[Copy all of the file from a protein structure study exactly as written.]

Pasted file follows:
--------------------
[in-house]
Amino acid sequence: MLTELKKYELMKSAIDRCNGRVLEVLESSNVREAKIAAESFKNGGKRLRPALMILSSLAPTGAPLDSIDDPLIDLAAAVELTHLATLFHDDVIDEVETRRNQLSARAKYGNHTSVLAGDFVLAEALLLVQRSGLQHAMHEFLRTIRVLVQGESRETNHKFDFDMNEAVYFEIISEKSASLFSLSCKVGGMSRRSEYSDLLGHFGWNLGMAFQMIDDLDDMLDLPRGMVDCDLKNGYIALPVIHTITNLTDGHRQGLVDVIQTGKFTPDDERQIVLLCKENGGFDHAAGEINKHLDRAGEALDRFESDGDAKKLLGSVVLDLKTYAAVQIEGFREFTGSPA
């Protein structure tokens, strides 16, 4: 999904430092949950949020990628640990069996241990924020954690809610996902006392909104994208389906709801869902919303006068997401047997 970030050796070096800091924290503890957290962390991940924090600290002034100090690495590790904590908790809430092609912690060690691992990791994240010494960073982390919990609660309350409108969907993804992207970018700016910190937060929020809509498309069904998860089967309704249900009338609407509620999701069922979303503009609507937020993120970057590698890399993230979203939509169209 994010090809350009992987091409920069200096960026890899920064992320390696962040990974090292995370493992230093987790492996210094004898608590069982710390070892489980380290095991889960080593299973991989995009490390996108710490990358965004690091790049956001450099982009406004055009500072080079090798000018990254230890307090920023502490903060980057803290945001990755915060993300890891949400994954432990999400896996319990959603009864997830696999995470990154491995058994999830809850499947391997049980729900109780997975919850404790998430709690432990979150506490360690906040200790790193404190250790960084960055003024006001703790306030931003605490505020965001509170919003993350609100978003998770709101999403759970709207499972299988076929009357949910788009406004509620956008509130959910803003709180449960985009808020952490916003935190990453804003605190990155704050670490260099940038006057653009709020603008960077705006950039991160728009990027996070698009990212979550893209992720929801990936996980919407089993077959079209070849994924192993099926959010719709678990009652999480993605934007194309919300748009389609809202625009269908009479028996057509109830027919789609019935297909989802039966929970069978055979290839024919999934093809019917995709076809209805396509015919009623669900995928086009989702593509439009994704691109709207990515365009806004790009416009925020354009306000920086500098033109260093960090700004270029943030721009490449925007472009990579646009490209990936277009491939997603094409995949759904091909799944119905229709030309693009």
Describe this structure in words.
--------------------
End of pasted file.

[in-house]
Amino acid sequence: MLTELKKYELMKSAIDRCNGRVLEVLESSNVREAKIAAESFKNGGKRLRPALMILSSLAPTGAPLDSIDDPLIDLAAAVELTHLATLFHDDVIDEVETRRNQLSARAKYGNHTSVLAGDFVLAEALLLVQRSGLQHAMHEFLRTIRVLVQGESRETNHKFDFDMNEAVYFEIISEKSASLFSLSCKVGGMSRRSEYSDLLGHFGWNLGMAFQMIDDLDDMLDLPRGMVDCDLKNGYIALPVIHTITNLTDGHRQGLVDVIQTGKFTPDDERQIVLLCKENGGFDHAAGEINKHLDRAGEALDRFESDGDAKKLLGSVVLDLKTYAAVQIEGFREFTGSPA
């Protein structure tokens, strides 16, 4: 999904430092949950949020990628640990069996241990924020954690809610996902006392909104994208389906709801869902919303006068997401047997 970030050796070096800091924290503890957290962390991940924090600290002034100090690495590790904590908790809430092609912690060690691992990791994240010494960073982390919990609660309350409108969907993804992207970018700016910190937060929020809509498309069904998860089967309704249900009338609407509620999701069922979303503009609507937020993120970057590698890399993230979203939509169209 994010090809350009992987091409920069200096960026890899920064992320390696962040990974090292995370493992230093987790492996210094004898608590069982710390070892489980380290095991889960080593299973991989995009490390996108710490990358965004690091790049956001450099982009406004055009500072080079090798000018990254230890307090920023502490903060980057803290945001990755915060993300890891949400994954432990999400896996319990959603009864997830696999995470990154491995058994999830809850499947391997049980729900109780997975919850404790998430709690432990979150506490360690906040200790790193404190250790960084960055003024006001703790306030931003605490505020965001509170919003993350609100978003998770709101999403759970709207499972299988076929009357949910788009406004509620956008509130959910803003709180449960985009808020952490916003935190990453804003605190990155704050670490260099940038006057653009709020603008960077705006950039991160728009990027996070698009990212979550893209992720929801990936996980919407089993077959079209070849994924192993099926959010719709678990009652999480993605934007194309919300748009389609809202625009269908009479028996057509109830027919789609019935297909989802039966929970069978055979290839024919999934093809019917995709076809209805396509015919009623669900995928086009989702593509439009994704691109709207990515365009806004790009416009925020354009306000920086500098033109260093960090700004270029943030721009490449925007472009990579646009490209990936277009491939997603094409995949759904091909799944119905229709030309693009």
Describe this structure in words.